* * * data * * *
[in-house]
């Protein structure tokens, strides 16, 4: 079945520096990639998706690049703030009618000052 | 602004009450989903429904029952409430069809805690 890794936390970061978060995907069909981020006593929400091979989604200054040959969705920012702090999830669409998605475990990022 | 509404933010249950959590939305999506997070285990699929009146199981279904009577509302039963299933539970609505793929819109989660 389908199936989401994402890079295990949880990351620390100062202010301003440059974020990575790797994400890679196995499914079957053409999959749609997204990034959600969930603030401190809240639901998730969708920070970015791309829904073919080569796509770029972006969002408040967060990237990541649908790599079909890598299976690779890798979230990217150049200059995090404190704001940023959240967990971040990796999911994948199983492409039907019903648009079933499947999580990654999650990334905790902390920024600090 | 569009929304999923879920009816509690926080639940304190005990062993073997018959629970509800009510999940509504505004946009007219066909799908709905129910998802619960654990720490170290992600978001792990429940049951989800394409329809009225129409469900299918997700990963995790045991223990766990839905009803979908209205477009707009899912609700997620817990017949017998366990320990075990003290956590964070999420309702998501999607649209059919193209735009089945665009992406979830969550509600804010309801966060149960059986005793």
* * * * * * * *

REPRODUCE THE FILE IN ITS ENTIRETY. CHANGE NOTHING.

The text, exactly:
[in-house]
């Protein structure tokens, strides 16, 4: 079945520096990639998706690049703030009618000052 | 602004009450989903429904029952409430069809805690 890794936390970061978060995907069909981020006593929400091979989604200054040959969705920012702090999830669409998605475990990022 | 509404933010249950959590939305999506997070285990699929009146199981279904009577509302039963299933539970609505793929819109989660 389908199936989401994402890079295990949880990351620390100062202010301003440059974020990575790797994400890679196995499914079957053409999959749609997204990034959600969930603030401190809240639901998730969708920070970015791309829904073919080569796509770029972006969002408040967060990237990541649908790599079909890598299976690779890798979230990217150049200059995090404190704001940023959240967990971040990796999911994948199983492409039907019903648009079933499947999580990654999650990334905790902390920024600090 | 569009929304999923879920009816509690926080639940304190005990062993073997018959629970509800009510999940509504505004946009007219066909799908709905129910998802619960654990720490170290992600978001792990429940049951989800394409329809009225129409469900299918997700990963995790045991223990766990839905009803979908209205477009707009899912609700997620817990017949017998366990320990075990003290956590964070999420309702998501999607649209059919193209735009089945665009992406979830969550509600804010309801966060149960059986005793």